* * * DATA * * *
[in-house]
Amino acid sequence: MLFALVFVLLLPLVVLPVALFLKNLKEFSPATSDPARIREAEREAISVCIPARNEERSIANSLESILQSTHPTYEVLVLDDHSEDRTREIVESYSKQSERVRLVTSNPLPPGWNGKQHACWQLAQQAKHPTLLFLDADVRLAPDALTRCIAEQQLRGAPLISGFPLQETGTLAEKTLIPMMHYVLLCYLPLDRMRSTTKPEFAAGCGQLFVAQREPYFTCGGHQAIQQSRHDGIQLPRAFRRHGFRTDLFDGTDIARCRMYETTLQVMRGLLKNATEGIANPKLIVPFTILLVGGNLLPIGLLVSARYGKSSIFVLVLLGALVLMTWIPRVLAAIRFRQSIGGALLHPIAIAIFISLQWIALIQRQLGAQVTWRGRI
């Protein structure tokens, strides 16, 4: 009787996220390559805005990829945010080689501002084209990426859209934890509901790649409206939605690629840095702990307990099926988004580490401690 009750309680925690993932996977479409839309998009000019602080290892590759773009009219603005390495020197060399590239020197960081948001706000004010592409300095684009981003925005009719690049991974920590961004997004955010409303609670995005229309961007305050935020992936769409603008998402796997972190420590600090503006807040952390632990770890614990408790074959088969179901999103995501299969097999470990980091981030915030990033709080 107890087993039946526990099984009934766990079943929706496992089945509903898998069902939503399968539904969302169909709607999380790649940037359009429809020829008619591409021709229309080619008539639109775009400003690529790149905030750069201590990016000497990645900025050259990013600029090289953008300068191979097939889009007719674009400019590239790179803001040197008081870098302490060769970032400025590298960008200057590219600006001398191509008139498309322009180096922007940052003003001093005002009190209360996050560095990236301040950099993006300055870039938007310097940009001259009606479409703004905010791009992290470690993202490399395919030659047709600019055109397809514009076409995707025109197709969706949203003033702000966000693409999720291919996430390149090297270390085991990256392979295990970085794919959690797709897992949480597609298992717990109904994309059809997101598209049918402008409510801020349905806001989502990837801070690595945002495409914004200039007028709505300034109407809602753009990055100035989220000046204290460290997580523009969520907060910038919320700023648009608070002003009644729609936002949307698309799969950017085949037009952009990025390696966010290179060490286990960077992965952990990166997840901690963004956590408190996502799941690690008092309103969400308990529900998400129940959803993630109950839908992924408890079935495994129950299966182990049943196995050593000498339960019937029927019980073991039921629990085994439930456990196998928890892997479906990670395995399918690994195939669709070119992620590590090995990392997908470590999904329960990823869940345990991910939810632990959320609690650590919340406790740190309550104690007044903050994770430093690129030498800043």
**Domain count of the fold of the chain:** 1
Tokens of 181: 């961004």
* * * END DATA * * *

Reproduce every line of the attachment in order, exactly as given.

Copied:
[in-house]
Amino acid sequence: MLFALVFVLLLPLVVLPVALFLKNLKEFSPATSDPARIREAEREAISVCIPARNEERSIANSLESILQSTHPTYEVLVLDDHSEDRTREIVESYSKQSERVRLVTSNPLPPGWNGKQHACWQLAQQAKHPTLLFLDADVRLAPDALTRCIAEQQLRGAPLISGFPLQETGTLAEKTLIPMMHYVLLCYLPLDRMRSTTKPEFAAGCGQLFVAQREPYFTCGGHQAIQQSRHDGIQLPRAFRRHGFRTDLFDGTDIARCRMYETTLQVMRGLLKNATEGIANPKLIVPFTILLVGGNLLPIGLLVSARYGKSSIFVLVLLGALVLMTWIPRVLAAIRFRQSIGGALLHPIAIAIFISLQWIALIQRQLGAQVTWRGRI
């Protein structure tokens, strides 16, 4: 009787996220390559805005990829945010080689501002084209990426859209934890509901790649409206939605690629840095702990307990099926988004580490401690 009750309680925690993932996977479409839309998009000019602080290892590759773009009219603005390495020197060399590239020197960081948001706000004010592409300095684009981003925005009719690049991974920590961004997004955010409303609670995005229309961007305050935020992936769409603008998402796997972190420590600090503006807040952390632990770890614990408790074959088969179901999103995501299969097999470990980091981030915030990033709080 107890087993039946526990099984009934766990079943929706496992089945509903898998069902939503399968539904969302169909709607999380790649940037359009429809020829008619591409021709229309080619008539639109775009400003690529790149905030750069201590990016000497990645900025050259990013600029090289953008300068191979097939889009007719674009400019590239790179803001040197008081870098302490060769970032400025590298960008200057590219600006001398191509008139498309322009180096922007940052003003001093005002009190209360996050560095990236301040950099993006300055870039938007310097940009001259009606479409703004905010791009992290470690993202490399395919030659047709600019055109397809514009076409995707025109197709969706949203003033702000966000693409999720291919996430390149090297270390085991990256392979295990970085794919959690797709897992949480597609298992717990109904994309059809997101598209049918402008409510801020349905806001989502990837801070690595945002495409914004200039007028709505300034109407809602753009990055100035989220000046204290460290997580523009969520907060910038919320700023648009608070002003009644729609936002949307698309799969950017085949037009952009990025390696966010290179060490286990960077992965952990990166997840901690963004956590408190996502799941690690008092309103969400308990529900998400129940959803993630109950839908992924408890079935495994129950299966182990049943196995050593000498339960019937029927019980073991039921629990085994439930456990196998928890892997479906990670395995399918690994195939669709070119992620590590090995990392997908470590999904329960990823869940345990991910939810632990959320609690650590919340406790740190309550104690007044903050994770430093690129030498800043």
**Domain count of the fold of the chain:** 1
Tokens of 181: 């961004």